An evolving function
The role of the Data Protection Officer (‘DPO’) in and around the turn of the century was very different from today’s role. In those days, the UK was transitioning from the 1984 Act to the 1998 Act just as now we’re rolling into the General Data Protection Regulation (‘GDPR’) in 2018.
Our focus then was very localised. In the UK, we thought discussing European privacy was quite exotic. Anything outside of Europe was seen as a vacuum. We had a vague notion that there might be some bits and pieces in the U.S., but we weren’t really too aware of it. We were focused on regulations, and we were discussing quite earnestly individual international data transfers – far from the connected world we have today. The actual community of people in the UK who were dealing with privacy was extremely small – it wouldn’t fill a modest conference room. Our main role was explaining what these rules were to people in various organisations, in government, and in the private sector. Over time, it became apparent that this simply wasn’t going to be enough, and the evolution of a more focused breed of privacy professionals began.
The Asian perspective
It is apparent that Asia has the potential to both fast track its evolution and even overtake where Europe is right now in terms of privacy. Europe stands at a crossroads with GDPR, which will revolutionise the role of the DPO. The privacy role is critical in an organisation, and we need to embrace that opportunity. In Asia, as people have been taking on newly created privacy roles, they immediately rush to look at the rules and understand them, to understand what the regulation means. That is correct; it is natural, and it’s the right thing to do. However, a simple focus on the rules is ultimately restrictive, and the most successful and productive DPOs are also engaged with the wider organisation, its people, technology and operations.
In Asia there is continual talk about the Internet of Things, Internet of Everything, Big Data, Cloud, Artificial Learning, Artificial Intelligence, Machine Learning. All these areas are driving quite serious questions around privacy. The privacy professional has to come up with the goods – they can’t just sit there and be able to recite the rules, as we did in the year 2000. The choice for privacy professionals is whether to take on this challenge in a passive way or an active way.
Active or passive?
There is great potential for privacy people to actually be much more active in how they nurture their careers and how they position privacy within their organisation. The privacy professional is the best placed person in most large organisations to start to articulate to the business or to management in a government organisation how the organisation can interact with individuals in a personalised way. Somebody has to explain to these large organisations what that actually means, and because we as privacy people are steeped in notions of ethics, fairness, transparency, consent, purpose, limitation and accountability, we need to explain these principles to the stakeholders in the business – including senior management, revenue generators and IT professionals.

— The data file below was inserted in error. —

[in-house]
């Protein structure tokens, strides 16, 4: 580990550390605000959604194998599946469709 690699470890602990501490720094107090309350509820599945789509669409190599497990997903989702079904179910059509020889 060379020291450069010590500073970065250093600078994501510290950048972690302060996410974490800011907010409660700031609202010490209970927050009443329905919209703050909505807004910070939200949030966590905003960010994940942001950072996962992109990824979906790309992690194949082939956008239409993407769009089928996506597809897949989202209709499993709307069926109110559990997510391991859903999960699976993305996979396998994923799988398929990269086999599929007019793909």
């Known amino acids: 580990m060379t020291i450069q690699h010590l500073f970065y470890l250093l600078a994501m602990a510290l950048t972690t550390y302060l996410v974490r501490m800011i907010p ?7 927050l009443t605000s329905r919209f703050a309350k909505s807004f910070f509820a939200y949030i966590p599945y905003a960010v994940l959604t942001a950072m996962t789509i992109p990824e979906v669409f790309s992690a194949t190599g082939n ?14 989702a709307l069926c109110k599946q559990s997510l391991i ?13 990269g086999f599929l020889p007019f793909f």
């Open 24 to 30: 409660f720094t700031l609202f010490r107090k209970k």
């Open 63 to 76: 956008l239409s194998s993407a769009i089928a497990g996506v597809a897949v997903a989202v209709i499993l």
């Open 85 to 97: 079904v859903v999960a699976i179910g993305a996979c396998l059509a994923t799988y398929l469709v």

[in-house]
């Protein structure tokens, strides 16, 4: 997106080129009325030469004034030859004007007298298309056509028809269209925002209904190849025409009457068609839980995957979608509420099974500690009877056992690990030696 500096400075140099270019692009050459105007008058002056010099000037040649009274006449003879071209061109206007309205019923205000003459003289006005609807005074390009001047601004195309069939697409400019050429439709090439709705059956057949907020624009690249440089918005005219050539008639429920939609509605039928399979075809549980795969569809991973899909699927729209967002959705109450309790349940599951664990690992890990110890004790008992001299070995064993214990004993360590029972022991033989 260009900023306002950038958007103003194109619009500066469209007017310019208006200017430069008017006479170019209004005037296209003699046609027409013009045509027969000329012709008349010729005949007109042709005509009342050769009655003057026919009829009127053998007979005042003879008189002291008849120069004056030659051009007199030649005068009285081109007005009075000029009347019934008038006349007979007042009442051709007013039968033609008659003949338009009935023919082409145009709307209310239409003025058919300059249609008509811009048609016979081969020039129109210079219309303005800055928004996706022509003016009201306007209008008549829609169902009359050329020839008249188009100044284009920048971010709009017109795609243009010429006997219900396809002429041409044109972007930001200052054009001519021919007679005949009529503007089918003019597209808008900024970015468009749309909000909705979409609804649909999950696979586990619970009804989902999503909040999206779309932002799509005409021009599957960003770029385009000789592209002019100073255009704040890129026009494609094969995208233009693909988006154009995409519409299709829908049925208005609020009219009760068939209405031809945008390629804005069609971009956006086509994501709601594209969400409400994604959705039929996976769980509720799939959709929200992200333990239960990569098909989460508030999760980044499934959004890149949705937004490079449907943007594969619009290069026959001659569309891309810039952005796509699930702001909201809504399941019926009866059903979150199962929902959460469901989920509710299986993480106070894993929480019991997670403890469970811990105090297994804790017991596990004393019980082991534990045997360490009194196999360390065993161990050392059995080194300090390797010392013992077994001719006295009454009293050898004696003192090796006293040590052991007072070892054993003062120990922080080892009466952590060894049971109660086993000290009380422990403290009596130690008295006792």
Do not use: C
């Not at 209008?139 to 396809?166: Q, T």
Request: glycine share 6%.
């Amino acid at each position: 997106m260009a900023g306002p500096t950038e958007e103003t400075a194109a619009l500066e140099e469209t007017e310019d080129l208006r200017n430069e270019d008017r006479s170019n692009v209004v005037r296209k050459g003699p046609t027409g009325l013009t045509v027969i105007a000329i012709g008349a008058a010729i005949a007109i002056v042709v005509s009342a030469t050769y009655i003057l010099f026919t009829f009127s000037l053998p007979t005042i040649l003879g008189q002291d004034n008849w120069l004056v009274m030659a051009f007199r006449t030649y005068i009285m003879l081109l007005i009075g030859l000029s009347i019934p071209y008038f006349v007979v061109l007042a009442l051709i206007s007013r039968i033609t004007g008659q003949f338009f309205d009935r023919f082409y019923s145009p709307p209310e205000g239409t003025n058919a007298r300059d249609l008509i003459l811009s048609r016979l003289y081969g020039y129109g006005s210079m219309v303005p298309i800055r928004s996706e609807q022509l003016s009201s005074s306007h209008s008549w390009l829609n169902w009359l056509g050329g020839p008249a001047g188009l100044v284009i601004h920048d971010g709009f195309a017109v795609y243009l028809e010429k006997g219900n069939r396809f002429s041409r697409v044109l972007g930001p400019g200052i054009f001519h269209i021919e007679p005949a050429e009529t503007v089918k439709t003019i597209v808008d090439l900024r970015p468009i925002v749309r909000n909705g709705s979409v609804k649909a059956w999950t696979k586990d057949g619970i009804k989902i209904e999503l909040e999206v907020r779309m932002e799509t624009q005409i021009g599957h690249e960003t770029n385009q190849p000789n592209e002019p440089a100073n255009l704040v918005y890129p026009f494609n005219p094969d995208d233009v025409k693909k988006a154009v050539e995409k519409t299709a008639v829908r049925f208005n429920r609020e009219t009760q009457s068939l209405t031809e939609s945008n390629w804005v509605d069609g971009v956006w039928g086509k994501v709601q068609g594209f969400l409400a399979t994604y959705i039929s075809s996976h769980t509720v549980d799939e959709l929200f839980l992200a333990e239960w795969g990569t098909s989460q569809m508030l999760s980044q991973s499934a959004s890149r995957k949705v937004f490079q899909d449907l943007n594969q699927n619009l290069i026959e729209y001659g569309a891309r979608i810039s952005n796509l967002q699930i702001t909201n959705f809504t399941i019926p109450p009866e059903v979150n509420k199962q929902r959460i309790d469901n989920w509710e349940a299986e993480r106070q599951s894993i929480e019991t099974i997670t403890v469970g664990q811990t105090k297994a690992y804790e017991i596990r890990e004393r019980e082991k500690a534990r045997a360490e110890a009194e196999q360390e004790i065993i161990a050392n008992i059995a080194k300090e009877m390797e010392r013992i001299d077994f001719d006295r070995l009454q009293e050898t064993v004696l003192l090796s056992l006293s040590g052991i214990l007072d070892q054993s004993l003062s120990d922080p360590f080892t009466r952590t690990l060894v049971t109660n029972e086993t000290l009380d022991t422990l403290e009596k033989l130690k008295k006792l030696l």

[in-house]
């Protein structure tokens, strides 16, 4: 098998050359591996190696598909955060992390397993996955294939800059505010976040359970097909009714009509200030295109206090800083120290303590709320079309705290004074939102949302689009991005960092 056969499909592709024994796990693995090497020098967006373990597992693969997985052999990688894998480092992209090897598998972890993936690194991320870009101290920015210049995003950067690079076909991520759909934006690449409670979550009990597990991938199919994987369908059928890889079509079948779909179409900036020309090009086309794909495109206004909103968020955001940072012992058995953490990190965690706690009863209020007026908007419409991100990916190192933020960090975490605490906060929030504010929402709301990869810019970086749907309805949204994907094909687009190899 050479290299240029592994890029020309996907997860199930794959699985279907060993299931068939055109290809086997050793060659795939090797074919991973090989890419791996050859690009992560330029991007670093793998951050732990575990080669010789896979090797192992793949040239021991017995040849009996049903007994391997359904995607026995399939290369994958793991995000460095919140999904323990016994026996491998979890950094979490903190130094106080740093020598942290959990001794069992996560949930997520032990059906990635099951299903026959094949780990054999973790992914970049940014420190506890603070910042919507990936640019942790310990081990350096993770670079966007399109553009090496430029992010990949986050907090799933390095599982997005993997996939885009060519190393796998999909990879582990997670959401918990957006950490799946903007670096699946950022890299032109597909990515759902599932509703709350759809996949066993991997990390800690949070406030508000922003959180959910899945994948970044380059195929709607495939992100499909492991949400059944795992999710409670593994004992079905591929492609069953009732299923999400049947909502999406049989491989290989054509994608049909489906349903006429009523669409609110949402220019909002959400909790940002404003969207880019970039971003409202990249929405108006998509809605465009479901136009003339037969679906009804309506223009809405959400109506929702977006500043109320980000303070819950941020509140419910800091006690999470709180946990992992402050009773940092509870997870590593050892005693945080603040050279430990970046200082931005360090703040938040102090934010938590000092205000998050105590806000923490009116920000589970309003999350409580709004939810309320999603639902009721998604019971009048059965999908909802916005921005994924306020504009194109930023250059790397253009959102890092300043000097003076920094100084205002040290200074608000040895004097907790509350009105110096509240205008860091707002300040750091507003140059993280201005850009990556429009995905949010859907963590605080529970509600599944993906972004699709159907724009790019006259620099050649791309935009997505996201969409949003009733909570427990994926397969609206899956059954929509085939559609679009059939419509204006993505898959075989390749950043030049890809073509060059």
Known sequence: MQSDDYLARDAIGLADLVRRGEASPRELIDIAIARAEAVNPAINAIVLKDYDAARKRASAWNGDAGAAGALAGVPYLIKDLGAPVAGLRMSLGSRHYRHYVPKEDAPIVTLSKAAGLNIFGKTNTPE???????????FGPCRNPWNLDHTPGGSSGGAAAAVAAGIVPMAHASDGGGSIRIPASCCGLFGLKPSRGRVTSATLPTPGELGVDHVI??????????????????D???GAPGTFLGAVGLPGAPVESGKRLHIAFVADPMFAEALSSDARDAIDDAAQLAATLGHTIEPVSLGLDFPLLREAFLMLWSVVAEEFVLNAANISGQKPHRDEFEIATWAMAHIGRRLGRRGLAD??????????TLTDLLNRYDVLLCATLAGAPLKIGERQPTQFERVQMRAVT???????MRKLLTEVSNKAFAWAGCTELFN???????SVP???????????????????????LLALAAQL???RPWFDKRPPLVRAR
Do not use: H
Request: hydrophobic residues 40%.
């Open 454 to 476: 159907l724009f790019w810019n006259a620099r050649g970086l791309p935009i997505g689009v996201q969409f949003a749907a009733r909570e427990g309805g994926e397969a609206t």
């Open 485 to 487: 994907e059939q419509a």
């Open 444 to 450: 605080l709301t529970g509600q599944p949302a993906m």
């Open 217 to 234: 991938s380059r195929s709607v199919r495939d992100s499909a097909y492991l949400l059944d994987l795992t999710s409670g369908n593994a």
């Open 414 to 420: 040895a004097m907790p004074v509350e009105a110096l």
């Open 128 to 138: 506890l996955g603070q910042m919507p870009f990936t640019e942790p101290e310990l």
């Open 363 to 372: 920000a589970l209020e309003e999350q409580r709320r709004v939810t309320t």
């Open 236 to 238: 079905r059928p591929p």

Ethical treatment of data is going to become increasingly important. We are already engaged as privacy professionals in considering what should be done with data, rather than simply what could be done with data, which is what data ethics is all about. The ever present risk is that we limit ourselves with a focus purely on regulation. It’s not an ‘either / or’ proposition – the future privacy professional has to be able to focus on regulation and ethics in an active way.
The journey continues
We are now moving into a world that is different to that which existed through much of the 2000s. This is a richer, more diversified world. This is a world in which data responsibility is becoming a much more integral part of the senior hierarchy of business responsibilities.
It’s important to note that it’s not inevitable that privacy leaders will become the arbiters between the individual and the corporation. It’s not inevitable that we will start to engage with other questions around data ethics and how data should be used in organisations. This could go to other people within an organisation. It could go to the Chief Data Officer, the Chief Information Officer, or the Chief Marketing Officer. All these stakeholders already have opinions on these areas.
The GDPR – Challenges
Within the GDPR there’s a requirement for mandatory DPOs. Other countries have the opportunity to learn from Europe’s mistakes, rather than trying to follow this particular path.
The mandatory DPO role is based on current German regulation. There’s a bit of variation between the GDPR and the German regime, but it’s pretty much the same. The Germans had a look at what the French were doing with the old ’95 directive and thought that was okay, but it was quite centralist – you had to ask permission to do a lot of things, such as international data transfers. It was a bit too command and control. The result was that the requirement for mandatory DPOs was instituted, accompanied with less administrative requirements.